I still feel the same as my last post on the topic -- I hate front end build processes.
My disappointment with front end processes is very influenced by using Visual Studio all these years. It has templates which automatically setup the build processes. Then the IDE does a decent job of keeping the build process up to date as you use it. Example, when you Add New File from the UI, it also adds that file to the build template. If you add a source file, it will be added to the compile list. If you add a content file, it will be copied to the output as-is. And you can adjust the behavior on the file's properties. In effect, file organization is a separate concern from file build settings... you don't have to put certain files in static and other files in src to get it to build correctly. Nor maintain build configurations for each file by hand.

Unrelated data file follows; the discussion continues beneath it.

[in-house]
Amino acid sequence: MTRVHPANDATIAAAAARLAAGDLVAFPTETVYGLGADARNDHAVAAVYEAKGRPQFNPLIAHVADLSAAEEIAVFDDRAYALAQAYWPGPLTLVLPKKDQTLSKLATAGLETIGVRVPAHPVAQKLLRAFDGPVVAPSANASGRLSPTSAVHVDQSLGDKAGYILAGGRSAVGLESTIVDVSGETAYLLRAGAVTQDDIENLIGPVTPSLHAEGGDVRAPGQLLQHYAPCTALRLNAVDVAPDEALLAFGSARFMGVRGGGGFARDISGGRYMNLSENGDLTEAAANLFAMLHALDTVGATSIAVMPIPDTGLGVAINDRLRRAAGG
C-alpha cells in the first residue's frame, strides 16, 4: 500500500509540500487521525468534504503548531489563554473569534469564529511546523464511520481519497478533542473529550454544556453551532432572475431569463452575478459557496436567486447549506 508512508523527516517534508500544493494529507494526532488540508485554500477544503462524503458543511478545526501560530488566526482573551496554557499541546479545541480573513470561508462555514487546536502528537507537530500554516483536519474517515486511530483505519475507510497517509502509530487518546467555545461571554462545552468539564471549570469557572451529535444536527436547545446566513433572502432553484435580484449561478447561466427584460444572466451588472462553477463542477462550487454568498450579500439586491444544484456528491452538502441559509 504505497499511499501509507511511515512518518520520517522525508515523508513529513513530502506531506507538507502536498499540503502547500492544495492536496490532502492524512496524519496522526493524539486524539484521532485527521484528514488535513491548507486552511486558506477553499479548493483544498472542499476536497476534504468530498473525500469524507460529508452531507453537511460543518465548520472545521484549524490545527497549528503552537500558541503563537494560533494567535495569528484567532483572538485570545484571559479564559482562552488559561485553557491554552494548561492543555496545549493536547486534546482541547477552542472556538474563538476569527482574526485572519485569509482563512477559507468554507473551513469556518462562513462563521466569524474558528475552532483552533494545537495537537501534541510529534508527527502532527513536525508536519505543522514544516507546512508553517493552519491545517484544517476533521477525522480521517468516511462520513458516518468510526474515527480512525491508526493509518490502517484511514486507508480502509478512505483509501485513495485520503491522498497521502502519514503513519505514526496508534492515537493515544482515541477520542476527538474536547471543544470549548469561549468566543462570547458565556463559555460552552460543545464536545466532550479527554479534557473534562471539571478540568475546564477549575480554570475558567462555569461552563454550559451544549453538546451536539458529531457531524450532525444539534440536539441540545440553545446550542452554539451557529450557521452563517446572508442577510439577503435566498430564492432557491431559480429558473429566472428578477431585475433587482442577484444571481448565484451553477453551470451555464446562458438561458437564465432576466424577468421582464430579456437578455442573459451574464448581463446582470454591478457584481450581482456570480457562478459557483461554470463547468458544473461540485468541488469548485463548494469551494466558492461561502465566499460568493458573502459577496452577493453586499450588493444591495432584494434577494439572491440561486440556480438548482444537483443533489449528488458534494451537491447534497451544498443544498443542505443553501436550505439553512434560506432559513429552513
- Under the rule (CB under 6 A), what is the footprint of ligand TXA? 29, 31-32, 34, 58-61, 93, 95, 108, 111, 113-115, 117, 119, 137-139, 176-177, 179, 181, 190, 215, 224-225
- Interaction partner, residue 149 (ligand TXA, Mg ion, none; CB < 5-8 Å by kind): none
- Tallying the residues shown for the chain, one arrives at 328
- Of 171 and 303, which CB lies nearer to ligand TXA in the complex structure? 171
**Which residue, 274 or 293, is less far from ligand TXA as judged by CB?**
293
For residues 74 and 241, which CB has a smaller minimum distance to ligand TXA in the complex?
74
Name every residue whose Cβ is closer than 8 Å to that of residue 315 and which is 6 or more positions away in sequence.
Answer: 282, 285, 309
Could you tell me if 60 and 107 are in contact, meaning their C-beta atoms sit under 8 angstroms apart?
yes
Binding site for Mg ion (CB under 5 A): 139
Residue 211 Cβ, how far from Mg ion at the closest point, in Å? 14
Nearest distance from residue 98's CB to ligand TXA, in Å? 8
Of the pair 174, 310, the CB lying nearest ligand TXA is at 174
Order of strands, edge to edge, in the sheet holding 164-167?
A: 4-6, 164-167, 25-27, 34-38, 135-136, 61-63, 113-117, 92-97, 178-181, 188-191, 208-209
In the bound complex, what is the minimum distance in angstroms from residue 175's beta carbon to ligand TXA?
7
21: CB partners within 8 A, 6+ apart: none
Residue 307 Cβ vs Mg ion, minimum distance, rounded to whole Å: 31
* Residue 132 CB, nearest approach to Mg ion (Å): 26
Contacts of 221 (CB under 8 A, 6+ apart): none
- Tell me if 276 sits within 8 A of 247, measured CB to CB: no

The IDE cannot do everything you might ever need -- in which case you can use the command-line build tools and scripts -- but it does a great job of covering standard cases. I've never really needed to write command-line build scripts until recently with .NET Core. And that is mostly to build docker images. VS added Docker image build support in 15.7, but I had major issues with it for multi-container projects. So I'm building the images with scripts.
But front end basically has very limited coverage of even common cases. You are expected to write custom builds from the get-go. It is such a large barrier to entry that many setup tools have sprung up such as Create React App to start you off right. If I take a lesson from VS, what we really need is some build template support integrated into editors so they can manage common cases and just let me worry about coding my features. Maybe "IDEs" are not so bad after all.
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